Governor Barbalho Signs Law Establishing the State Policy on Climate Change in Pará

May 19, 2020

Pará, Brazil–On April 29, 2020, Governor Helder Barbalho signed into law the State Policy on Climate Change in Pará. The Law, No. 9,048, aims to reduce the adverse effects of climate change and associated environmental, social, cultural, and economic vulnerabilities; conserve vegetation cover and combat the destruction remaining natural vegetation; promote cooperation with all spheres of government, commerce, industry, non-governmental organizations, indigenous peoples, quilombolas, traditional peoples and communities, producers and rural workers, research institutes and stakeholders; and encourage the use of sustainable energy and other approaches to sustainable development.

Policy objectives include support for research and promoting the use of technology to tackle climate change; making economic development compatible with policies to reduce greenhouse gas emissions and gradually and rationally replacing fossil energy sources; and ethno-mapping and ethno-zoning of the lands of indigenous, quilombola, and traditional peoples.

Highlights from the Law, to be observed in all municipalities of Pará, include improving access to information with increased transparency and availability of environmental data; environmental education aimed at preserving the environment; participation through cooperation between public authorities and the community; and polluter-pays (assigning the responsibility for paying costs arising from environmental damage).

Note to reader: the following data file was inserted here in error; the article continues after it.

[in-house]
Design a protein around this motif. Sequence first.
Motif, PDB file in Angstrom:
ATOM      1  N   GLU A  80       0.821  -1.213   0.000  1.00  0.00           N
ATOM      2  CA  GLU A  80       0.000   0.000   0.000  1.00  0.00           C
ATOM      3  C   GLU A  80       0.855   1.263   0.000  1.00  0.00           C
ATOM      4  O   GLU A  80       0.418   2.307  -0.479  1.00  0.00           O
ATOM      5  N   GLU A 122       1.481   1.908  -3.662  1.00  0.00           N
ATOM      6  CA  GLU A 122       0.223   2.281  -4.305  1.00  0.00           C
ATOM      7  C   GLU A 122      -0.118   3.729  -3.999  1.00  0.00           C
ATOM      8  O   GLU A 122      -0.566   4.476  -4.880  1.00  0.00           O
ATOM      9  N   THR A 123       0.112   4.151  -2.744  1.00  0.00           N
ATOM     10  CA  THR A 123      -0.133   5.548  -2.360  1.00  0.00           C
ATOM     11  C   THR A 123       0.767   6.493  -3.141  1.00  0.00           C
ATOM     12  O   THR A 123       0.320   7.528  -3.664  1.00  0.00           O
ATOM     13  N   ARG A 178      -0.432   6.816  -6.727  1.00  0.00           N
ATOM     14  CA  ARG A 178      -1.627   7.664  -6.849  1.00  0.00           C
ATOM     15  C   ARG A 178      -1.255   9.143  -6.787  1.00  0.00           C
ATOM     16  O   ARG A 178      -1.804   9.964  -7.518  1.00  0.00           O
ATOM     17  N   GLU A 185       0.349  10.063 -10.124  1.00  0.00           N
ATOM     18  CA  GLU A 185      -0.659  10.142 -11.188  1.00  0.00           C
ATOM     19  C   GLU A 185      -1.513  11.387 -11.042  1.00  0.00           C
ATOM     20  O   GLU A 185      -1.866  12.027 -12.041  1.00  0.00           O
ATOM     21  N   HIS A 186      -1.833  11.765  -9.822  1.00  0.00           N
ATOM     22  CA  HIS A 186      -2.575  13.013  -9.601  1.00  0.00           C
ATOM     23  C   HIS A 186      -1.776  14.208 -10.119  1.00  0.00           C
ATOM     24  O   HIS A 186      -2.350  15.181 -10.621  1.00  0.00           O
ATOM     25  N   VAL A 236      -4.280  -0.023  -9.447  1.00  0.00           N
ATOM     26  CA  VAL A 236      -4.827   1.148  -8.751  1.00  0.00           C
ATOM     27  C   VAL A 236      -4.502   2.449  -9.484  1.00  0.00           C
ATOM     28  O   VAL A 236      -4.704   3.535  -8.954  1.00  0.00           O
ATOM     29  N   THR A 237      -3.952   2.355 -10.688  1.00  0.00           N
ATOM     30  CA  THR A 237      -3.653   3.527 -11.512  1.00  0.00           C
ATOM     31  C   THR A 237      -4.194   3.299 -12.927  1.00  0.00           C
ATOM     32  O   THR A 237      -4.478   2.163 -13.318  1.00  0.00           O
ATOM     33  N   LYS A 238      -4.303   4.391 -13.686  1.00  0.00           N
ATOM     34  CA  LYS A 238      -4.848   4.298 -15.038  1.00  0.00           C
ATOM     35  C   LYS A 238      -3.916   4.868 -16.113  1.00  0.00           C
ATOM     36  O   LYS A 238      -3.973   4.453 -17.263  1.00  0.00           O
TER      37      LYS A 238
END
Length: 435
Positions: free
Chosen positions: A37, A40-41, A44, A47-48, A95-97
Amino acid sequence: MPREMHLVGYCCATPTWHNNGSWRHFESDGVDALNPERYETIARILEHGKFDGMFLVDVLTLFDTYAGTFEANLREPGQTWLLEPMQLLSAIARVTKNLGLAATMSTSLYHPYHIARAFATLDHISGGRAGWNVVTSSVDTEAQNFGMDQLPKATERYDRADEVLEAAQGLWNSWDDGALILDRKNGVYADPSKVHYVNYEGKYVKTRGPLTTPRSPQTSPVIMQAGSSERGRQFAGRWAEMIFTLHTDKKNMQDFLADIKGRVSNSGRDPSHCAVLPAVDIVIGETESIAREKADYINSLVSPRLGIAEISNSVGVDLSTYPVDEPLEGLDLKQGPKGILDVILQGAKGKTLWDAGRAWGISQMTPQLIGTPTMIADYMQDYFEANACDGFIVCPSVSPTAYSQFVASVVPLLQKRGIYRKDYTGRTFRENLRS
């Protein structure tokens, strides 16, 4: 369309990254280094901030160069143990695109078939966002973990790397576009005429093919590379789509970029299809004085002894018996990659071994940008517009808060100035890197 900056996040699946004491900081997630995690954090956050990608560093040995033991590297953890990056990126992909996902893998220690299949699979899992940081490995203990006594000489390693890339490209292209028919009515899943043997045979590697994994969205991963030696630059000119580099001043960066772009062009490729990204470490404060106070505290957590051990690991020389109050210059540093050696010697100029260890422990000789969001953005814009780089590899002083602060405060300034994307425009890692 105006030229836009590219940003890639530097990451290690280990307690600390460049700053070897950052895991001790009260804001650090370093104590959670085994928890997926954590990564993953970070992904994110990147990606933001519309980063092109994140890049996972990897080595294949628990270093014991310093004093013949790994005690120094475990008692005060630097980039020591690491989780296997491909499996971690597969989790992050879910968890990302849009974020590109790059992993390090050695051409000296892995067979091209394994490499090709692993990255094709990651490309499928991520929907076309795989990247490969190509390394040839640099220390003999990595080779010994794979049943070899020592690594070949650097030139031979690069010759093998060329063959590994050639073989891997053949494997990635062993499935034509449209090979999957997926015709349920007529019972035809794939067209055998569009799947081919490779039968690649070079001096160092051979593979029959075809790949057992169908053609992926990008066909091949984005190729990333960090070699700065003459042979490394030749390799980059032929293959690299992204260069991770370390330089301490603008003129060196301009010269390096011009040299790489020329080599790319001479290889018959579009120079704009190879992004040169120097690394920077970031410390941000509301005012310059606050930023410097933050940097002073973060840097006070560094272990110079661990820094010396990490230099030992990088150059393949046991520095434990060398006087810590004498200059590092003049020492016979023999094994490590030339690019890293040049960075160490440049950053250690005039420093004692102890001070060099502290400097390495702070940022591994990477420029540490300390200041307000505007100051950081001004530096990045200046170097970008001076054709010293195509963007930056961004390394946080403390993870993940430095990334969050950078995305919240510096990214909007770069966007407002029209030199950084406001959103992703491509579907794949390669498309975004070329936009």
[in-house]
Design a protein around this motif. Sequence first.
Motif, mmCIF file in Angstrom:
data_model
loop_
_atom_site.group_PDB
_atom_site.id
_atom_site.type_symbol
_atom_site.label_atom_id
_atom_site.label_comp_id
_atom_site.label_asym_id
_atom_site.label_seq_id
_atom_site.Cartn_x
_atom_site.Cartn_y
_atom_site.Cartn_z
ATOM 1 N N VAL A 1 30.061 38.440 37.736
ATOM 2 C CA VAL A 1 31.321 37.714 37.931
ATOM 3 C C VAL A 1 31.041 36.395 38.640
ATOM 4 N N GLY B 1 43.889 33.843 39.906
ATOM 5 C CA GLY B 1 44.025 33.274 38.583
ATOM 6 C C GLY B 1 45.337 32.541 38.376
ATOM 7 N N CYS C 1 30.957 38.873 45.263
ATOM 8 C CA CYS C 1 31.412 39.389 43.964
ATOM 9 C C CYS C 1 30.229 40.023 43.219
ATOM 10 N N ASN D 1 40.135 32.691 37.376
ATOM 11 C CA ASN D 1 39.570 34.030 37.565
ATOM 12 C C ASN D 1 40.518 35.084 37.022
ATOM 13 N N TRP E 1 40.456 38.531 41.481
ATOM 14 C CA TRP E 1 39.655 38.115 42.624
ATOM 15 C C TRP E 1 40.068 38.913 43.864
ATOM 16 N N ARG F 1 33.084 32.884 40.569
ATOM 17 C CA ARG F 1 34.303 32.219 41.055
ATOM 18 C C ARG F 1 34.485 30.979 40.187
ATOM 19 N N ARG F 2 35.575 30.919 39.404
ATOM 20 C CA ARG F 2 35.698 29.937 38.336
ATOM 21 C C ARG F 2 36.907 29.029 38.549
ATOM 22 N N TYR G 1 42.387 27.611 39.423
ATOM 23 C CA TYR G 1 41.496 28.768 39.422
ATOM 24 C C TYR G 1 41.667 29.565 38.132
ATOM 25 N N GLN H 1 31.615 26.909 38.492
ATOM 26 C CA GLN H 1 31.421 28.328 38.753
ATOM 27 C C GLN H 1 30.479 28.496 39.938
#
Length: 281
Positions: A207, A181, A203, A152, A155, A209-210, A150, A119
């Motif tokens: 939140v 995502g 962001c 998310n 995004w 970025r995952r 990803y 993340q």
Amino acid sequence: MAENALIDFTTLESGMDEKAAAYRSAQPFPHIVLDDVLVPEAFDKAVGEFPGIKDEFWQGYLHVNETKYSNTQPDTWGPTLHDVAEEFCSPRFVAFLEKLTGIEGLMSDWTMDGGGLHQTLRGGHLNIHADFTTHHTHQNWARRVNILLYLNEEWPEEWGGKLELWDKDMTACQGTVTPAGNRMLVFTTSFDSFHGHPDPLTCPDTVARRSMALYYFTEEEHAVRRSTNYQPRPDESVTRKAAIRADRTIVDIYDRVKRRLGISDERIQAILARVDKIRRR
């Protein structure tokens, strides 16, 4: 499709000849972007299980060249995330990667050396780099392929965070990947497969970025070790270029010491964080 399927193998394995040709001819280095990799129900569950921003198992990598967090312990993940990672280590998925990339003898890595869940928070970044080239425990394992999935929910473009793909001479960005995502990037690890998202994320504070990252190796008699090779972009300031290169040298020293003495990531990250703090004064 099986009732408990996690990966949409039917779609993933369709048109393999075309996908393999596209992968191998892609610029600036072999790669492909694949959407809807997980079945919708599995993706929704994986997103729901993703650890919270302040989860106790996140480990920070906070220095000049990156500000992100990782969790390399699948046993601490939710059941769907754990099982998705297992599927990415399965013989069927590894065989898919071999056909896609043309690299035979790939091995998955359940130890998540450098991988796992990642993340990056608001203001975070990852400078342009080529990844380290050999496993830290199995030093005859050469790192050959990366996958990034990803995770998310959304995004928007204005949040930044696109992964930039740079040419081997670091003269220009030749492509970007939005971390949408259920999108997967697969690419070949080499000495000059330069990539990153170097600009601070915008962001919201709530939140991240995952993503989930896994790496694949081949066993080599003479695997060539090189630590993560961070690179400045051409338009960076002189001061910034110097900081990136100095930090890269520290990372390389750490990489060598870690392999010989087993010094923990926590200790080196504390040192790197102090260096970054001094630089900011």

“This law an additional step towards structuring the legal and institutional framework that the State Government and the State Secretariat for the Environment of the State are developing to strengthen policies that involve not only climate change, but sustainable development and, from there, achieving a comprehensive and integrated view on the issues of the economy, production, welcoming policies or demands of traditional communities, indigenous people, and quilombolas. Transforming all of this into an integrated and coordinated policy is our goal,” –Mauro O’de Almeida, State Secretary for the Environment


The Law also creates the State System on Climate Change (Semuc) as an implementing body formed by the Management Committee of the system itself, the State Water Resources Councils (CERH) and the Environment Council (Coema), the Fire Department, the Municipal Climate Change Forums, the Institute for Forestry and Biodiversity Development (IdeflorBio), and the Environment and Sustainability Secretariat (Semas). Additionally, the Law creates the Hydrometeorological Monitoring Center and the Directorate of Bioeconomics, Climate Change, and Environmental Services, directly subordinate to the Adjunct Secretariat for Water Resources and Climate Management, within the framework of Semas, to also work towards the implementation of the State Policy on Climate Change.

This cross-sectoral law is defined as public management, education, research, and innovation; transparency and communication; and, economic, financial, and fiscal. The State Plan on Climate Change must be formulated and executed within three years from the publication date.